Tunisia is where much of the original Star Wars movies were filmed, besides Mos Eisley Cantina on the island of Djerba, Tunisia is awash with not only ‘on location’ scenes from the movies but also sets which were left abandoned in the desert. The small town of Tataouine includes probably the most ‘on location’ scenes from the movies including the name which also inspired George Lucas and was slightly changed to Tatooine. You may recognise ‘Slave Quarter Row’ from ‘the Phantom Menace’ in the Ksar of Medenine and parts of Mos Espa in Ksar Ouled Soltane. You may also want to book your stay in the area at Sidi Idriss Hotel, which doubled as the home of Luke Skywalker, before taking a trip out to Tozeur to visit Sidi Bouhlel where C3PO and R2D2 wandered the Jundland wastes.

This area is also home to the abandoned purpose-built sets for the movie franchise which lie abandoned in the desert near the town of Naftah. Here in the sea of sand dunes you will find the igloo of the Lars Family Homestead and more film sets from Mos Espa. You will need the assistance of a tour operator to get out here as it is very remote, and Lars Homestead can only be reached by 4×4 through the desert. On the bright side, once you are out here you should be completely alone and not have to share the site with anyone.

If you are a die-hard Star Wars fan and are considering visiting these sites, why not consider our ‘Sandpit Far, Far Away’ trip to Tunisia.


The city of Kariouan was founded by the Umayyads in around 670 CE and now the entire city is UNESCO World Heritage listed. The city was built far from the sea in an attempt to protect it from Berber attacks. Berbers are a native people of Tunisia and strongly resisted the Arab invasion. Before the arrival of the French in 1881, non-Muslims were forbidden from living in Kairouan, a Christian community had existed in the early 11th century alongside Jews who were among the original settlers of the city. Today Kairouan is a major centre of Qur’anic learning and is second only to Mecca, Medina and Jerusalem in importance.

Kairouan’s main sight is the Great Mosque of Kairouan, one of the largest and most impressive Islamic monuments in North Africa. Originally built at the same time as the foundation of the city, the mosque now occupies an area of over 9000 square metres and is one of the oldest places of worship in the Islamic world. The mosque of the ‘three gates’, is also worth a visit and is a notable example of beautiful Islamic architecture dating from 866 CE. The Mausoleum of Sidi Sahab, also called the ‘Mosque of the Barber’ dating to the 17th century should also not be missed. While mosques are going to be a key feature on any trip to Tunisia, it should be noted that most mosques will not admit non-Muslims and can only be viewed from the exterior.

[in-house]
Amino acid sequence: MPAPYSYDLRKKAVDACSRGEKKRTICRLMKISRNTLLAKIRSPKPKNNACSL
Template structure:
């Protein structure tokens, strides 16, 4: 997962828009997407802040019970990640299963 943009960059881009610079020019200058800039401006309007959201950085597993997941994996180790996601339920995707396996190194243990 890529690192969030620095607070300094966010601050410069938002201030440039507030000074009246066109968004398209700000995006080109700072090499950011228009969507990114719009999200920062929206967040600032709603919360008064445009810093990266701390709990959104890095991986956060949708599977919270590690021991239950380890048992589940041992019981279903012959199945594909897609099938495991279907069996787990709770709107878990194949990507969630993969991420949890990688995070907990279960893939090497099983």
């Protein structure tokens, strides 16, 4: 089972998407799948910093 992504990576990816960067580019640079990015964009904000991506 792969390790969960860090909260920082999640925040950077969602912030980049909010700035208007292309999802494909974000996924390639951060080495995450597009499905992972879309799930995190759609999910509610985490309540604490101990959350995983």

If you’re into something a little on the strange side, you should check out the Aghlabid Basins. Dating back to the 9th century CE, the basins are located outside the city ramparts and are considered to be the most important hydraulic system in the Muslim world.

Sahara Camping

What could be more enticing than spending the night (or even a few nights) camping in the worlds largest desert. Even if pitching a tent in the sand isn’t your thing, Sahara camping in Tunisia offers something to suit all tastes including permanent tented camp sites which are all of the adventure with no inconvenience from nature. No matter which option you choose camping in the Sahara in Tunisia will make you feel remote, isolated and completely off the grid. Even the ‘glamp sites’ are located off road and can only be reached by 4×4. If you are looking for something a little more adventurous, such as wild camping, it is likely that you will be in for a long trek on the back of a camel.

Camping in the Sahara on a trip to Tunisia is a fantastically authentic experience, as this is something that the people of the nearby villages do for fun and not just for travellers. Excursions are usually run by the local villagers and nights are spent around the campfire with dinner prepared on site in a traditional way. Your local crew will often sing songs and play the gezbah (wooden, flute-like instrument) which will fit in perfectly with the desert setting. You will also be treated to a nightly display of the clearest sky and star gazing you’re ever likely to experience.

Sahara Camping: Trip to Tunisia
Wreck Diving : Trip to Tunisia

Mahdia is a small city located along Tunsia’s Mediterranean coast and is a popular place, along with the likes of Hammamet, Monastir and Sousse, for a ‘flop and drop’ trip to Tunisia. Unlike the bigger cities, Mahdia has kept a lot of its local charm and is perfect for those wanting a summer holiday, in a place that isn’t full of brash, foreign tourists. Apart from the resorts, you can also visit the old medina or ‘Skifa Kahla’ which was once the entrance to a forbidden citadel, strictly reserved for the court of the Fatamid Caliph. Today it is a souq which sells magnificent wedding garb and the streets still retain an air of nobility with their beautiful green doors, framed by carved stone.